Argued and Submitted January 16, 2013 —San Francisco, California
On Petition for Review of an Order of the Environmental Protection Agency
Catherine Marlantes Rahm (argued) and Nancy S. Marks, Natural Resources Defense Council, New York, New York; Mae C Wu, Natural Resources Defense Council, Washington, D.C., for Petitioner.
Matthew B. Henjum (argued), United States Department of Justice, Environment and Natural Resources Division, Environmental Defense Section, Washington, D.C.; Ignacia S. Moreno, Assistant Attorney General, Environment and Natural Resources Division, Washington, D.C.; Amber Aranda, Of Counsel, United States Environmental Protection Agency, Office of General Counsel, Washington, D.C., for Respondent.
Benjamin G. Shatz (argued) and Benjamin M. Kleinman, Manatt, Phelps & Phillips, LLP, Los Angeles, California; James G. Votaw, Manatt, Phelps & Phillips, LLP, Washington, D.C., for Intervenor.
Before: Jerome Farris and Jay S. Bybee, Circuit Judges, and Lynn S. Adelman, District Judge. [*]
Federal Insecticide, Fungicide, and Rodenticide Act
The panel granted in part and denied in part a petition for review of a decision of the Environmental Protection Agency granting an application for conditional registration of two pesticides, AGS-20 and AGS-20 U, that applicant HeiQ Materials sought to apply to manufactured textiles such as clothing, blankets, and carpet.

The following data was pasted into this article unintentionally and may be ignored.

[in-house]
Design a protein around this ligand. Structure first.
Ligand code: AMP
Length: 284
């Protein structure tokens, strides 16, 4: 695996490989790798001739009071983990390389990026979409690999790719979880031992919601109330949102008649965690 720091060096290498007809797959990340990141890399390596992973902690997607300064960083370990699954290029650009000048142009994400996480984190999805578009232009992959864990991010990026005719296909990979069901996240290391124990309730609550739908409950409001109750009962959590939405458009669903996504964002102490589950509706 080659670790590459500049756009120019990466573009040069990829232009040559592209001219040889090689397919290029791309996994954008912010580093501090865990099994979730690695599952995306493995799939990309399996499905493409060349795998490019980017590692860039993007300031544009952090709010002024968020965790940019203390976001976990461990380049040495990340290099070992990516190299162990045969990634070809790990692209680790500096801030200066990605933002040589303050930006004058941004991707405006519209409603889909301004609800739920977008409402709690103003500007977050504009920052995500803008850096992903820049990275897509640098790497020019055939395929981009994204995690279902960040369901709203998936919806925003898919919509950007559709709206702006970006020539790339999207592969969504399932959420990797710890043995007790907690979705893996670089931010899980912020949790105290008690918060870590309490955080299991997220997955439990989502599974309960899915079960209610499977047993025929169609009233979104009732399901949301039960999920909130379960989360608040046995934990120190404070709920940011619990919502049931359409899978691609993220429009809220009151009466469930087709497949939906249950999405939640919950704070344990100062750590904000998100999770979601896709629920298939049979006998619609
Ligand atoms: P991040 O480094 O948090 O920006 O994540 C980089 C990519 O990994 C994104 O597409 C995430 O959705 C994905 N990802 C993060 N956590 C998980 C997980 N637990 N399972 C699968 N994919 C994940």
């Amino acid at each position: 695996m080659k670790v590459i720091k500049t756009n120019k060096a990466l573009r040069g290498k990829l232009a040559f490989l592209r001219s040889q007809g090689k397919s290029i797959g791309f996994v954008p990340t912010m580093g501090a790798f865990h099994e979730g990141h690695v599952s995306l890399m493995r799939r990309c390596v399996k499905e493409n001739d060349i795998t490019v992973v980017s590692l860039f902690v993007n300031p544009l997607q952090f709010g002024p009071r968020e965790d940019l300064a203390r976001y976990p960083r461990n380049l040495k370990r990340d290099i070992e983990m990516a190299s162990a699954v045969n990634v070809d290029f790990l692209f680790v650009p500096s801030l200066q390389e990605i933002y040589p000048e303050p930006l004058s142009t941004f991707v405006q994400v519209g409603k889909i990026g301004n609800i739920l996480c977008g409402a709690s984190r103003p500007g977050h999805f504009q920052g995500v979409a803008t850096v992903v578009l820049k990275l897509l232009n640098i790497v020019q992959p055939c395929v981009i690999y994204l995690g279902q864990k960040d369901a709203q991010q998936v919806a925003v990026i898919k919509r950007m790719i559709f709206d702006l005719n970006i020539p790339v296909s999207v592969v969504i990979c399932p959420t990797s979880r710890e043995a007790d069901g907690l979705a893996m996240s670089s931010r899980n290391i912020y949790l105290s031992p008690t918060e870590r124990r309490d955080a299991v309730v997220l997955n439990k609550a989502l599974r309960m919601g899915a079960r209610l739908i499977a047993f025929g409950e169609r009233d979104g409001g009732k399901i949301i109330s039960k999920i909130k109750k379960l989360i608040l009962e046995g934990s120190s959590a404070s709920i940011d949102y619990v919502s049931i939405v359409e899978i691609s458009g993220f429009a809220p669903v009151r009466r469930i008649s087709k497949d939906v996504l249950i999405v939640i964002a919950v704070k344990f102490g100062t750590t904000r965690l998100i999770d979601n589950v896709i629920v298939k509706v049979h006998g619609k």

The Federal Insecticide, Fungicide, and Rodenticide Act prohibits the sale of any pesticide that has not been "registered" with the Environmental Protection Agency. AGS-20 and AGS-29U (collectively, "AGS-20) uses nanosilver to suppress the growth of microbes that cause odors, stains, discoloration, and degradation. The EPA conducted a risk assessment of AGS-20 that was published in its decision granting HeiQ's application for conditional registration.
The panel first held that petitioner Natural Resources Defense Council, Inc. had Article III standing to challenge the EPA's conditional registration of AGS-20. Second, the panel held that substantial evidence supported the EPA's decision to use the characteristics of toddlers rather than infants in determining whether AGS-20 placed consumers at risk. Third, the panel vacated the EPA's decision insofar as it concluded that there was no risk concern requiring mitigation for short- and intermediate-term aggregate oral and dermal exposure to textiles that are surface-coated with AGS-20. Fourth, the panel held that substantial evidence supported the EPA's decision not to consider additional sources of exposure to nanosilver other than AGS-20 in concluding that the product would not have adverse effects on consumers.